Yet, seek­ing em­ploy­ment else­where doesn’t nec­es­sar­ily mean leav­ing your cur­rent em­ployer. Look for other op­por­tu­ni­ties within your com­pany and per­haps trans­fer to a sim­i­lar role in an­other depart­ment. Check out the pos­si­bil­ity of tak­ing a new po­si­tion in which you will learn new skills. This will ben­e­fit you in the long run.

If none of these op­por­tu­ni­ties is avail­able to you, then you need to start ex­plor­ing op­por­tu­ni­ties out­side your cur­rent em­ployer. At this point, you need to re­ally know yourself well or else you may go from the fry­ing pan into the fire, so to speak. So, how do you go about this fright­ful task? And, yes, it can be fright­en­ing, be­cause don’t for­get you are leav­ing a lot of yourself be­hind and start­ing a new ca­reer life.

But once again, I ad­vise tak­ing the slower jour­ney to ca­reer change. That’s be­cause there are many as­pects of ca­reer man­age­ment you need to pay at­ten­tion to. With re­gard to the is­sue of boss re­la­tion­ships, I sug­gested a good look at lead­er­ship/man­age­ment styles and what suits you the best, but that’s just the start of self-anal­y­sis. You also need to ex­am­ine el­e­ments such as per­son­al­ity and com­mu­ni­ca­tion style and per­sonal val­ues. You need to delve deeply into your psy­che and de­ter­mine what mo­ti­vates you. And fi­nally, you need to ex­am­ine what you are re­ally good at and what you like to do. Once you iden­tify and con­firm these per­sonal ca­reer el­e­ments, then you can be­gin solv­ing the ca­reer puzzle. Let me ex­plain these el­e­ments more thor­oughly.

Per­son­al­ity and com­mu­ni­ca­tion style: This refers to how you make sense of things and how you in­ter­act and com­mu­ni­cate with oth­ers. Per­son­al­ity and com­mu­ni­ca­tion style greatly im­pact your choice of jobs and where you are best suited to work. For in­stance, if you are the quiet, in­tro­verted type of per­son, then be­ing in large teams where you need to speak up and be ac­tively en­gaged is not com­fort­able. You are best suited to work­ing alone and/or with small teams.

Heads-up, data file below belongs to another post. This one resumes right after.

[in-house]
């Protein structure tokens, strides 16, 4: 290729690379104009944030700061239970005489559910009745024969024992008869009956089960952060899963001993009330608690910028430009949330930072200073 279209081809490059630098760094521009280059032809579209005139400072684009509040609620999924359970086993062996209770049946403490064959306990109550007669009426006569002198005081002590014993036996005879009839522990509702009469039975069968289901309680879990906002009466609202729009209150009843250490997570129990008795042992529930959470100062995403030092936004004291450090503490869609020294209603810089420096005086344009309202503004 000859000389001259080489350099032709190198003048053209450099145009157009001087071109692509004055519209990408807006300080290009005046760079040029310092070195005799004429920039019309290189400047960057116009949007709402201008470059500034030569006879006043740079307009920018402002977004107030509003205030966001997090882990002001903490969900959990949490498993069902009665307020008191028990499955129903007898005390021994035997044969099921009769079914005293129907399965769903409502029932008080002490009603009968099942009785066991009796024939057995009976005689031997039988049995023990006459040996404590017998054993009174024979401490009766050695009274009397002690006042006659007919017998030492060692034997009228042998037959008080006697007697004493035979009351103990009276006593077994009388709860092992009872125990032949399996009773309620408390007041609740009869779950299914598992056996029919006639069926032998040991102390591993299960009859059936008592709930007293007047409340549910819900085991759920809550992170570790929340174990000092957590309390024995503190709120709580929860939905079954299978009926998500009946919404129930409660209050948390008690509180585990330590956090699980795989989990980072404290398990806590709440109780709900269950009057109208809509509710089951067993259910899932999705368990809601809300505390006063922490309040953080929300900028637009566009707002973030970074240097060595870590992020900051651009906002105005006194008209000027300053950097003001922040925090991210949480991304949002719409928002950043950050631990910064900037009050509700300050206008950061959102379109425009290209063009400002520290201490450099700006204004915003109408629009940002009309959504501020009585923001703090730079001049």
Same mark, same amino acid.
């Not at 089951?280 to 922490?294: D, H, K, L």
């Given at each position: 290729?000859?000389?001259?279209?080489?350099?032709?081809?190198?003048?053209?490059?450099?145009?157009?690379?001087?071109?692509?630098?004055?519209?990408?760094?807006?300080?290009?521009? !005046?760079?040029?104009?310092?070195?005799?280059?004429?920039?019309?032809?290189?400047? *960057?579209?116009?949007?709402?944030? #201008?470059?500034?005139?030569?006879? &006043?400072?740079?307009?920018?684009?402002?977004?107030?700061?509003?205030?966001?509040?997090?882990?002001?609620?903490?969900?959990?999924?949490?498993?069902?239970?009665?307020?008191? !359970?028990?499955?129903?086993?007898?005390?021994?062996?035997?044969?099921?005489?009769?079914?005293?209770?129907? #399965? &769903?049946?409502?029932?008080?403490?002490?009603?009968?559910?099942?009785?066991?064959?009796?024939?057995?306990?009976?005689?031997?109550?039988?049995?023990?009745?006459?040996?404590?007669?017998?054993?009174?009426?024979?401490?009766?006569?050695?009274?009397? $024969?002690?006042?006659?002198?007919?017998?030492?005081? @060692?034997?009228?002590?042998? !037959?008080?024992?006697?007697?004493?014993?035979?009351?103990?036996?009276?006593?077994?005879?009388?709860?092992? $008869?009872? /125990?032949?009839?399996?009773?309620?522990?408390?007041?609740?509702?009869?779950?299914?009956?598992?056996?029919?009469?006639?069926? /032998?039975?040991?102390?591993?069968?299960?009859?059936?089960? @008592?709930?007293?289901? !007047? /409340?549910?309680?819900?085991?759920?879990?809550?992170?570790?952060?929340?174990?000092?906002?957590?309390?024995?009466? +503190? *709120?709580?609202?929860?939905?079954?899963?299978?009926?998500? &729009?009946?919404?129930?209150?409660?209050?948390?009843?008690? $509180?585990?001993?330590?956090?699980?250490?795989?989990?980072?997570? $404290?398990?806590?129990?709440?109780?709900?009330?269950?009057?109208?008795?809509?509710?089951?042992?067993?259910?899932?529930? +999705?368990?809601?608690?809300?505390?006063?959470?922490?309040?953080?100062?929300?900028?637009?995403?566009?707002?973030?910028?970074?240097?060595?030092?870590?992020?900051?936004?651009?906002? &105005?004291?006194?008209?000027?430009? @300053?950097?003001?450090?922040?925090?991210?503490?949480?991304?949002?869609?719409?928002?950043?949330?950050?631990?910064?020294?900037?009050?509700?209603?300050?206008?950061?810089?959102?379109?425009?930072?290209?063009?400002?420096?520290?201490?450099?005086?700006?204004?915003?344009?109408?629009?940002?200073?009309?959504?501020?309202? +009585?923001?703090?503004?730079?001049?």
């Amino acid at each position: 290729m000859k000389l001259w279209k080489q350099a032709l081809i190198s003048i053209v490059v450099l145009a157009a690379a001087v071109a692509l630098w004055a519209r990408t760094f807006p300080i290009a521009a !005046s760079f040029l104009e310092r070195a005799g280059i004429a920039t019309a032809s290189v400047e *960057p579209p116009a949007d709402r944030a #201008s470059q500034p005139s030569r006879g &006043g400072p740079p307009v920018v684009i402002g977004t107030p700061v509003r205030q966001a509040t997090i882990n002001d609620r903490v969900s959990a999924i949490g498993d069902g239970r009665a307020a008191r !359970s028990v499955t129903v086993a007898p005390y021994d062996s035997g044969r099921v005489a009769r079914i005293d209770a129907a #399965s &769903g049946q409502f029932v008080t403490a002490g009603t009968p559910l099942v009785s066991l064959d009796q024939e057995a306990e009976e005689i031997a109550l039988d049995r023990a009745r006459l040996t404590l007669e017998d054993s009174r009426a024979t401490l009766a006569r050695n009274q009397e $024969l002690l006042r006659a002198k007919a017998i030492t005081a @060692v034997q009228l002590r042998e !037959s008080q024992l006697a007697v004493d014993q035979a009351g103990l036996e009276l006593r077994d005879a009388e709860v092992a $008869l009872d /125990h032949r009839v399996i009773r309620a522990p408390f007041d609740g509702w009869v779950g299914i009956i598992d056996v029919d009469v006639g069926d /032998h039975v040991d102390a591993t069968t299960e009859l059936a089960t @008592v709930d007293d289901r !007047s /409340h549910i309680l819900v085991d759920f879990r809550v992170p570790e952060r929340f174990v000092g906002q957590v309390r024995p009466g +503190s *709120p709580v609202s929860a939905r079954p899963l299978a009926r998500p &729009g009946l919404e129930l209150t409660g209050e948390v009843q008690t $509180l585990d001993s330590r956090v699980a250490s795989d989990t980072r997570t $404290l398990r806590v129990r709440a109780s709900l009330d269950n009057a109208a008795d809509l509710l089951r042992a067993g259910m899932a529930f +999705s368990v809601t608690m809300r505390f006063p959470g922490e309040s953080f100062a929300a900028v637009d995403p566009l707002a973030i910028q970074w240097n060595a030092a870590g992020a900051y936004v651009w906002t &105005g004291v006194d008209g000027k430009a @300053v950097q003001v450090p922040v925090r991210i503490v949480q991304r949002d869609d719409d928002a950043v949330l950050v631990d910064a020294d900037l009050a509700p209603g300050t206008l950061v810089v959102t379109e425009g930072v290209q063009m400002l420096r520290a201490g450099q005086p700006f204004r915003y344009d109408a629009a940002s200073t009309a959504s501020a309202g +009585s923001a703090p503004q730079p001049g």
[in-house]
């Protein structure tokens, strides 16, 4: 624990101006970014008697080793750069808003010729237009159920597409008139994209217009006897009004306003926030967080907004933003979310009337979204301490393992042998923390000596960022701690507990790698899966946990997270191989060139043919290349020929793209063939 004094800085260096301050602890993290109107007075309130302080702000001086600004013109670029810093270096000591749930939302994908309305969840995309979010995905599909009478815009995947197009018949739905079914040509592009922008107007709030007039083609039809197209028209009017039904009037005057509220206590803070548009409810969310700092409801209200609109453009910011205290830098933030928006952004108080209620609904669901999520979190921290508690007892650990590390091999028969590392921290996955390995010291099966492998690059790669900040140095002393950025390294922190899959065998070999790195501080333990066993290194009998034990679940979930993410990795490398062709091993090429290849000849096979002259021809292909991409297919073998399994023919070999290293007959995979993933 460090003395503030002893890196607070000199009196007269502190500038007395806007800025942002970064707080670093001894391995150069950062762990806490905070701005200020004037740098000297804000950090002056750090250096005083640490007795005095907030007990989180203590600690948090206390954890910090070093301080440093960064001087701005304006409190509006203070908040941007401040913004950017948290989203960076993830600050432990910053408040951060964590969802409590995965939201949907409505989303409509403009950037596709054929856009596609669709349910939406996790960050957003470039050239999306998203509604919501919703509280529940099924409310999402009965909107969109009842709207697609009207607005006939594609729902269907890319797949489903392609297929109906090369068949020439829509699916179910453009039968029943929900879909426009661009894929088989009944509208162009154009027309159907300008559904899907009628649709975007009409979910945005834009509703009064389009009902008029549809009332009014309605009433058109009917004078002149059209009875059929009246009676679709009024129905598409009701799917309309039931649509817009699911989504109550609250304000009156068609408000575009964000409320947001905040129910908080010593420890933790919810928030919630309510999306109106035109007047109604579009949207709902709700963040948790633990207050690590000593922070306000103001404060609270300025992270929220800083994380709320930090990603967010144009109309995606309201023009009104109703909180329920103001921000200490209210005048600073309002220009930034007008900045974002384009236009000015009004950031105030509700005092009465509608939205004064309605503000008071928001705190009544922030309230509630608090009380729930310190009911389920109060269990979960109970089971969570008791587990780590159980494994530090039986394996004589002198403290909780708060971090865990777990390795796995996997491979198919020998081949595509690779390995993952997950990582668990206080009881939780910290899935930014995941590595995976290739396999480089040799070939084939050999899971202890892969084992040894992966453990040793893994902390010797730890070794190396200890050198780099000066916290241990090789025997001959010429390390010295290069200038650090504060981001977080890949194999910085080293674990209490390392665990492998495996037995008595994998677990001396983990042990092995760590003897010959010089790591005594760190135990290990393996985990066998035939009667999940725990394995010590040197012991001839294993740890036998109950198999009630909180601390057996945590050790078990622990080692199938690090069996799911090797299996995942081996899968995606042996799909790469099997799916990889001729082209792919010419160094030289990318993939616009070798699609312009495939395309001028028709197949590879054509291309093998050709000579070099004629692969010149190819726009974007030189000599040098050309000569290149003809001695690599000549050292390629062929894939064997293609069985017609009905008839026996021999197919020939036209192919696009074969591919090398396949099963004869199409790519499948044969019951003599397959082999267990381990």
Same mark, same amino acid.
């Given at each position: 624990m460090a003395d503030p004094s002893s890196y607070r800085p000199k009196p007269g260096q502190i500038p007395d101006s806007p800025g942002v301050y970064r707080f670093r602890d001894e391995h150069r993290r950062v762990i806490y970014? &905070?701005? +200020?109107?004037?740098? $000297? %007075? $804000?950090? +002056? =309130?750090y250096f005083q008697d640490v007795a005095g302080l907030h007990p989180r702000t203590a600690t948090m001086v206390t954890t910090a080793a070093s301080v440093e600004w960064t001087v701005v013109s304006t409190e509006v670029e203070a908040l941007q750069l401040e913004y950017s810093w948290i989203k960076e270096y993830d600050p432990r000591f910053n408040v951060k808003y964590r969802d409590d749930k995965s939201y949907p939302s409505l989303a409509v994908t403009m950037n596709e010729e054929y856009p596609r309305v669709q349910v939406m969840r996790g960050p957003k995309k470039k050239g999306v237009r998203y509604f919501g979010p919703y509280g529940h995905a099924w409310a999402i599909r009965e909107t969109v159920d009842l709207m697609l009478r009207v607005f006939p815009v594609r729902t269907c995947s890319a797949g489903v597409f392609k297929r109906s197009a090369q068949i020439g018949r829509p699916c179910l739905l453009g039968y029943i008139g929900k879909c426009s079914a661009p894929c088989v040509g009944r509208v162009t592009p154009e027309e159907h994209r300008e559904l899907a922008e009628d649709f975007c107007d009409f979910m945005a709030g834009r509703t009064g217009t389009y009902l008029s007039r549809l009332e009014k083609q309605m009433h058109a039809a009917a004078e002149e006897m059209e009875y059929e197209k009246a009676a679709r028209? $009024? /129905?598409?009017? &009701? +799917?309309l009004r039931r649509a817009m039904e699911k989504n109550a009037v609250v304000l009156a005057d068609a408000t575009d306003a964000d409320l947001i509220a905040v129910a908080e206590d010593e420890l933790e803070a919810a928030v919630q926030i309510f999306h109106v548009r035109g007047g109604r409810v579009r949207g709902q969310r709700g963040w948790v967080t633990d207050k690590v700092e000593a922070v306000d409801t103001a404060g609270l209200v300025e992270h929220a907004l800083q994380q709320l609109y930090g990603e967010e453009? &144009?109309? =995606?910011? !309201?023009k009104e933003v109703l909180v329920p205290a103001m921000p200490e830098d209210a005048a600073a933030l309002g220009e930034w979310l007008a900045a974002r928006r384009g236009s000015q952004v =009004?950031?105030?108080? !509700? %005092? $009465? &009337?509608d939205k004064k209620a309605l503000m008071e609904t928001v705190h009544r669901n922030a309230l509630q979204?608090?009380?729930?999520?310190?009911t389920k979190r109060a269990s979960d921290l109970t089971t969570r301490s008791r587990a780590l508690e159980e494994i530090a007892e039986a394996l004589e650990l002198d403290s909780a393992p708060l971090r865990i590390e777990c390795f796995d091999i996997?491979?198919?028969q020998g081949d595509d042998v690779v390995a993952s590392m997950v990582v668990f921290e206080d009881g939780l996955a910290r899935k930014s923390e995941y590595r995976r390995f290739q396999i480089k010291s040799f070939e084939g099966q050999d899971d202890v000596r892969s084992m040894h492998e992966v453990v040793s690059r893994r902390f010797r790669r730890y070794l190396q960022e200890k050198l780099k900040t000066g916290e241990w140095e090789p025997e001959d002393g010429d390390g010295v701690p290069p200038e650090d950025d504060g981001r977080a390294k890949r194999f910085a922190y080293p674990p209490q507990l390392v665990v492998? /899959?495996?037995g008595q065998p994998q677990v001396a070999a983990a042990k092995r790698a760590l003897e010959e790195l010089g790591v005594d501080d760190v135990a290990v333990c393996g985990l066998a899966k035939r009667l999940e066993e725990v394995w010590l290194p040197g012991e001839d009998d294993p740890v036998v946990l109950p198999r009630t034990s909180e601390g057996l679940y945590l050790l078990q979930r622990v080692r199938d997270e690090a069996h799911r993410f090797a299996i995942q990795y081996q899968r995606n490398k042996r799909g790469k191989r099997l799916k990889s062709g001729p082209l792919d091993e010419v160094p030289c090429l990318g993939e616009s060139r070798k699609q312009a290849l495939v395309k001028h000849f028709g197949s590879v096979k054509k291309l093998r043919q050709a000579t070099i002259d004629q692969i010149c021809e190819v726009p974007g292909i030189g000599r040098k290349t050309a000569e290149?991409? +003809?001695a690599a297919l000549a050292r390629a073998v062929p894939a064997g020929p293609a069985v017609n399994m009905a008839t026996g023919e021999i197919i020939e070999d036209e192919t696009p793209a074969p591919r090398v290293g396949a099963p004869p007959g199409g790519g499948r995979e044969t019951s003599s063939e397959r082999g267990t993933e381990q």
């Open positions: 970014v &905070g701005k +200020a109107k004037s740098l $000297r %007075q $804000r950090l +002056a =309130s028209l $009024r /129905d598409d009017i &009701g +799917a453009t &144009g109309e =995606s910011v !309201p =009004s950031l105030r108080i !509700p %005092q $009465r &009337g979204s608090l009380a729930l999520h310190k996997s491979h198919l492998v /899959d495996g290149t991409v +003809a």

Per­sonal val­ues: Per­sonal val­ues are your core be­liefs; they tell you what you like in life and guide your ev­ery­day be­hav­iour. Your val­ues could in­clude el­e­ments such as am­bi­tion, open­ness, fair­ness, mak­ing a dif­fer­ence by help­ing oth­ers as well as hon­esty and in­tegrity. When per­sonal and work val­ues are the same, you’ll ex­pe­ri­ence job sat­is­fac­tion. When you sense dis­com­fort, it’s of­ten be­cause there is a psy­cho­log­i­cal dis­con­nect be­tween your val­ues and those of your em­ployer.

Per­sonal mo­ti­va­tors: Per­sonal mo­ti­va­tors mo­bi­lize you to take ac­tion and set goals. Mo­ti­va­tors in­clude such things as in­de­pen­dence and au­ton­omy, the mo­ti­va­tion to man­age people or to be a tech­ni­cal ex­pert of some kind. You could be mo­ti­vated by so­cial ser­vice, a spe­cific cause and/or the need for life­work bal­ance. All of these mo­ti­va­tors di­rect you to­ward cer­tain jobs.

Trans­fer­able skills: These are skills that tran­scend a num­ber of jobs and en­able you to stretch your ex­pe­ri­ence and ca­reer goals be­yond one sin­gle oc­cu­pa­tion. Most people fail to re­al­ize they have trans­fer­able skills. Take time to do a skills as­sess­ment. An­a­lyze ev­ery paid/non-paid job, then cat­e­go­rize and clas­sify your skills into three themes. These themes help to cre­ate your iden­tify be­yond a job ti­tle and en­able you to en­vi­sion your skills be­ing ap­plied to dif­fer­ent jobs.

Man­ag­ing your ca­reer is your job and no one else’s. Em­ploy­ers can pro­vide work op­por­tu­ni­ties but it is up to you to make sure your job and ca­reer path best suit your per­son­al­ity and com­mu­ni­ca­tion style, your per­sonal val­ues and mo­ti­va­tors and your trans­fer­able skills.